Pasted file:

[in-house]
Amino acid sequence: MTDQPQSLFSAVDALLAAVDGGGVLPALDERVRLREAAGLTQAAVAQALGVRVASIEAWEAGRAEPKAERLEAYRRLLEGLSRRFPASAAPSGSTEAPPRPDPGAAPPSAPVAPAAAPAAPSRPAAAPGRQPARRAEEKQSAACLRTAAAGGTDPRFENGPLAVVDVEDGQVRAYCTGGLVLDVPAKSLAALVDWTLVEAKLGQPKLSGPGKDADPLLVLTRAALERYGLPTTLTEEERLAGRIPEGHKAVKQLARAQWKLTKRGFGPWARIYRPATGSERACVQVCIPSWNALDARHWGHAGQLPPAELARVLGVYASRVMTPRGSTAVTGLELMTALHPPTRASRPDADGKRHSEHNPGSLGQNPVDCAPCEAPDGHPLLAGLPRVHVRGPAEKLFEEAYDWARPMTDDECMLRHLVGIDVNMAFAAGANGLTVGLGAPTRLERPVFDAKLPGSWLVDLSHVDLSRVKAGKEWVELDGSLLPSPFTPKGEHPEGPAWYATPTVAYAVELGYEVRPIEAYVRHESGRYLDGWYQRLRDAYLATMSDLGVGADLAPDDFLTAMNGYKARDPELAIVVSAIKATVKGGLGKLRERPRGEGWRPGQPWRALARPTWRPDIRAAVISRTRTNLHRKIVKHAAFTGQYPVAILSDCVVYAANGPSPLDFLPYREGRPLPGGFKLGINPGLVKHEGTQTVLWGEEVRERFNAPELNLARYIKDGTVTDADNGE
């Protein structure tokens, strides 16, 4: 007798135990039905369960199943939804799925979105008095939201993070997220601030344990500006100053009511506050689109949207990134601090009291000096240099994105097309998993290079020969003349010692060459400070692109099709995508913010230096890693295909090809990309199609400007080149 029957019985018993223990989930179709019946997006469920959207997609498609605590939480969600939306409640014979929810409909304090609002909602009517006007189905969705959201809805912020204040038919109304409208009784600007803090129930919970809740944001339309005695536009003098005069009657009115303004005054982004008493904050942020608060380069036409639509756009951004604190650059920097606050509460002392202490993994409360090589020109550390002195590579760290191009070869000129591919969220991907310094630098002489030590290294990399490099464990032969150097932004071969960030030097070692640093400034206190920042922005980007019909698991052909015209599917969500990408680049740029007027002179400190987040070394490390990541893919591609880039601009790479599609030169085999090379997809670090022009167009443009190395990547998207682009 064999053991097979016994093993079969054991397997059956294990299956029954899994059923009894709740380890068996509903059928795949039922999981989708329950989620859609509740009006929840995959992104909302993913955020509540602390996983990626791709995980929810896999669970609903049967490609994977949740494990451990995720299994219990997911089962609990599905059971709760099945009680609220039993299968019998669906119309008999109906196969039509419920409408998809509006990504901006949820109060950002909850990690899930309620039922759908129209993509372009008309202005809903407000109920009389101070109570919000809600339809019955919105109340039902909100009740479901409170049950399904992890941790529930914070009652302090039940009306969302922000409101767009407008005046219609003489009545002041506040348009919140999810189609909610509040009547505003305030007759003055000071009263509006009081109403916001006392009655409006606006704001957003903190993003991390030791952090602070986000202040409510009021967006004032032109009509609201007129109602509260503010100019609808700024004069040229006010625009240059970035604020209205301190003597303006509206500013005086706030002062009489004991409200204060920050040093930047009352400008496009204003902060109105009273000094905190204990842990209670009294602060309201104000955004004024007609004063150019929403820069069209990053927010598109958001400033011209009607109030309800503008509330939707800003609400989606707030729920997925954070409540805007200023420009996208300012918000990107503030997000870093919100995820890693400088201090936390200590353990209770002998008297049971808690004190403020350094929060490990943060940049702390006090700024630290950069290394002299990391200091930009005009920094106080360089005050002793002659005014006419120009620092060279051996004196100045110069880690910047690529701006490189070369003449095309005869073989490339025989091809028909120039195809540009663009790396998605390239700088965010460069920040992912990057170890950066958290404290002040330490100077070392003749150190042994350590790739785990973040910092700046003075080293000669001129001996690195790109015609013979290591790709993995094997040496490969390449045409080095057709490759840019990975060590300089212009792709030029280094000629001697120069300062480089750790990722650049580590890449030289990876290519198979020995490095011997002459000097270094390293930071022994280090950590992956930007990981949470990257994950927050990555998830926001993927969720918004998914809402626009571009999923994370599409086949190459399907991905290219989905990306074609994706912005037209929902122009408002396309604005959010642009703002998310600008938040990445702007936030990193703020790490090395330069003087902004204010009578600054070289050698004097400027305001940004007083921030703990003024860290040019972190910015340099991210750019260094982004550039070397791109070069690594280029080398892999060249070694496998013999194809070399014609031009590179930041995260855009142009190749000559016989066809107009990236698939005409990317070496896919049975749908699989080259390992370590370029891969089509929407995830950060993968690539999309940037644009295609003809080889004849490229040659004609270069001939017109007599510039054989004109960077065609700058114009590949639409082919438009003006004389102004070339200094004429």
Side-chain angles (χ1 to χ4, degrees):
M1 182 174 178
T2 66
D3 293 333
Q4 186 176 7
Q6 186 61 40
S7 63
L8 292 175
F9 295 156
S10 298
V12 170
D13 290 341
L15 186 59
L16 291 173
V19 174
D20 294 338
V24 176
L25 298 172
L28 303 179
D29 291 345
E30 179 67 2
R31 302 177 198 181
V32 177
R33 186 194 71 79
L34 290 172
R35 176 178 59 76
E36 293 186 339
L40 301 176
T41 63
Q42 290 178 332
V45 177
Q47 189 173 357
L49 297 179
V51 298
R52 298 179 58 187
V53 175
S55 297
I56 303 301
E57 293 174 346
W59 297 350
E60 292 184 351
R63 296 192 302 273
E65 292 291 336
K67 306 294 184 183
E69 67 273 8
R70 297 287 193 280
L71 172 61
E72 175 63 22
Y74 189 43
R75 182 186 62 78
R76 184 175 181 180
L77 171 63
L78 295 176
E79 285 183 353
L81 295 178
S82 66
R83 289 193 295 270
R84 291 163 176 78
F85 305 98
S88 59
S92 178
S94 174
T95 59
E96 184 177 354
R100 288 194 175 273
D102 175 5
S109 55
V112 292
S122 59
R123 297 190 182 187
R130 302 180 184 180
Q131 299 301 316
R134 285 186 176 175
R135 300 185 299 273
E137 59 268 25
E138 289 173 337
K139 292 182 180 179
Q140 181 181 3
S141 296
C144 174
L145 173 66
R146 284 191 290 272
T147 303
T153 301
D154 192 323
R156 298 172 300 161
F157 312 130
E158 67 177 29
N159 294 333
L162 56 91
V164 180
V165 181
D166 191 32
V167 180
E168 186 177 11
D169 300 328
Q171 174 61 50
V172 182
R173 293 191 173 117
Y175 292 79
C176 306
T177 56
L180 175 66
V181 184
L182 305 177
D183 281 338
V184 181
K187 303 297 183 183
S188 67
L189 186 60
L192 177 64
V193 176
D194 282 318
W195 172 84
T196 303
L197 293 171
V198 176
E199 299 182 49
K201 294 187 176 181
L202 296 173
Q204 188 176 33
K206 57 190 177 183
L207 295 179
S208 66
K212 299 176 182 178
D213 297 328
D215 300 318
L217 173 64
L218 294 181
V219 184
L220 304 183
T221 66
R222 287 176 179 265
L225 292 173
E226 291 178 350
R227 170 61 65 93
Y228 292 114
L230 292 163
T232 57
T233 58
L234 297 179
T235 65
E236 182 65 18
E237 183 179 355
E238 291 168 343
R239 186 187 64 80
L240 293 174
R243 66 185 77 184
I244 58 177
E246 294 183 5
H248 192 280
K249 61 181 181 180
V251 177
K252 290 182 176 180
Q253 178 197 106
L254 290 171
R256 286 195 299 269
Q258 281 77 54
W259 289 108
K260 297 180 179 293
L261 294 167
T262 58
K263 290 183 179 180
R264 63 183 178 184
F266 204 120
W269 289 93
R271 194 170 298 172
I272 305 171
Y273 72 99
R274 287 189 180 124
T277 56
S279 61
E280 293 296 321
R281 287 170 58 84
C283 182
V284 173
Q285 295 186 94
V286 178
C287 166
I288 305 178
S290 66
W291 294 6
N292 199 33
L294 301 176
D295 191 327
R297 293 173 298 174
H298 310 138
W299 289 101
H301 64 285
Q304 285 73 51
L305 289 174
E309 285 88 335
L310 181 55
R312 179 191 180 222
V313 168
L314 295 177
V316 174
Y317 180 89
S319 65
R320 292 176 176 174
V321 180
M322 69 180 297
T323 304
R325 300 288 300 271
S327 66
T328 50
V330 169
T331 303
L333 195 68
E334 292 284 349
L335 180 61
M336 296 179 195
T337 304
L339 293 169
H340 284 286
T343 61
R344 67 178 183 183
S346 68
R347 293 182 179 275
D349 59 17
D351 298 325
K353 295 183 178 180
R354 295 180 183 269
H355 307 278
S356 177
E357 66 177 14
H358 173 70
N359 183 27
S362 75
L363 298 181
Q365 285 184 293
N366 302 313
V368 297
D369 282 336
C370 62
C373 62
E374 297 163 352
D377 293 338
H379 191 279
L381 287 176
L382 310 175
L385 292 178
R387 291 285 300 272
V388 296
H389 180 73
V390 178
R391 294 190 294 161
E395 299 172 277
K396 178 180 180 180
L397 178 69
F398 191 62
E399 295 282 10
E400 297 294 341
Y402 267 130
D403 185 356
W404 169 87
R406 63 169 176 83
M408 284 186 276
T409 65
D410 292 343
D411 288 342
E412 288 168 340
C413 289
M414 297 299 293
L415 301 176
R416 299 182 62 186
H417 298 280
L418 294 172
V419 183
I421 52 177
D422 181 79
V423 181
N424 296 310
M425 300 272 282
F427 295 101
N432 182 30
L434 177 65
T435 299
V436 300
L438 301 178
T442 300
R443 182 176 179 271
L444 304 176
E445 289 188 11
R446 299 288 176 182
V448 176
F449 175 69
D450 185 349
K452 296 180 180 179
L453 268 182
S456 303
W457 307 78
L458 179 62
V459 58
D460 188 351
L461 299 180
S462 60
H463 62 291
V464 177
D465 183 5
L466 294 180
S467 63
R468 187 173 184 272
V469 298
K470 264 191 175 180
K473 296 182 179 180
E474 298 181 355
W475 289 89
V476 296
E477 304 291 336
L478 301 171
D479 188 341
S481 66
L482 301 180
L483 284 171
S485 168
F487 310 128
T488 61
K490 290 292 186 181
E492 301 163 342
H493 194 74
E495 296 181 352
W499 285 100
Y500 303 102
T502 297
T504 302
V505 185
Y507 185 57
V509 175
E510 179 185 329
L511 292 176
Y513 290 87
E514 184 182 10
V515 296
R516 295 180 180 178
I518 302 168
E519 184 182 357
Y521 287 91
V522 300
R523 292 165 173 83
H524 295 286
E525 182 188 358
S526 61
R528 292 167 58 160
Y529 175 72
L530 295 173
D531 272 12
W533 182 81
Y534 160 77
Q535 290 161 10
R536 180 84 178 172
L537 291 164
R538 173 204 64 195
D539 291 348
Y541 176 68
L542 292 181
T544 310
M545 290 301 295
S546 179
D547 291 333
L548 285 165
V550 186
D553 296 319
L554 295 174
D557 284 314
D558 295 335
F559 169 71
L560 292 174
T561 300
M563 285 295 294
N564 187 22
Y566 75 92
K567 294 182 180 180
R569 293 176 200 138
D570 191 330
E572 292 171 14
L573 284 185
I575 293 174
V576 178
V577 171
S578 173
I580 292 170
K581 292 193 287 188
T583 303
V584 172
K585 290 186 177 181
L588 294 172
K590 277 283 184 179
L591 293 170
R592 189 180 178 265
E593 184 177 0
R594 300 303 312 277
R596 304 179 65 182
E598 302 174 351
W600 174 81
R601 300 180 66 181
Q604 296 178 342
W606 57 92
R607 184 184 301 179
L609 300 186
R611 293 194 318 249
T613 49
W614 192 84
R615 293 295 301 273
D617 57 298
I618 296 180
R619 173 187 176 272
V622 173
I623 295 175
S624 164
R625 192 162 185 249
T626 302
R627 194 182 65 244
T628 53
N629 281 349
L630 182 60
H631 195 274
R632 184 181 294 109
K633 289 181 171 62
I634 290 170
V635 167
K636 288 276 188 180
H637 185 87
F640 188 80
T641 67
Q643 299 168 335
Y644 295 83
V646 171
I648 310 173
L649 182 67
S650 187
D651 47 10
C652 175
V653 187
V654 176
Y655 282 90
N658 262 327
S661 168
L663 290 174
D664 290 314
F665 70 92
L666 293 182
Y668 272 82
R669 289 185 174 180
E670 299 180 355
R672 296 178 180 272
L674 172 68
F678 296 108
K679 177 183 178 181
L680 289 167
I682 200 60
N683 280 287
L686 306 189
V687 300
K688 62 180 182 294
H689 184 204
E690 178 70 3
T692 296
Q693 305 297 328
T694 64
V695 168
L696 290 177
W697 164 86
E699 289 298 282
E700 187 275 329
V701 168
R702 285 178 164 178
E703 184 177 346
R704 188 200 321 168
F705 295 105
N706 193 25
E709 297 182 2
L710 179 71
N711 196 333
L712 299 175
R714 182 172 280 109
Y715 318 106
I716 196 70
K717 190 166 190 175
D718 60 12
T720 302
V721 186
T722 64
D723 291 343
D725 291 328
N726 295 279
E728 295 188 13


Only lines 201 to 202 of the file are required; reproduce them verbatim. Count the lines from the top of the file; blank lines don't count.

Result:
Y317 180 89
S319 65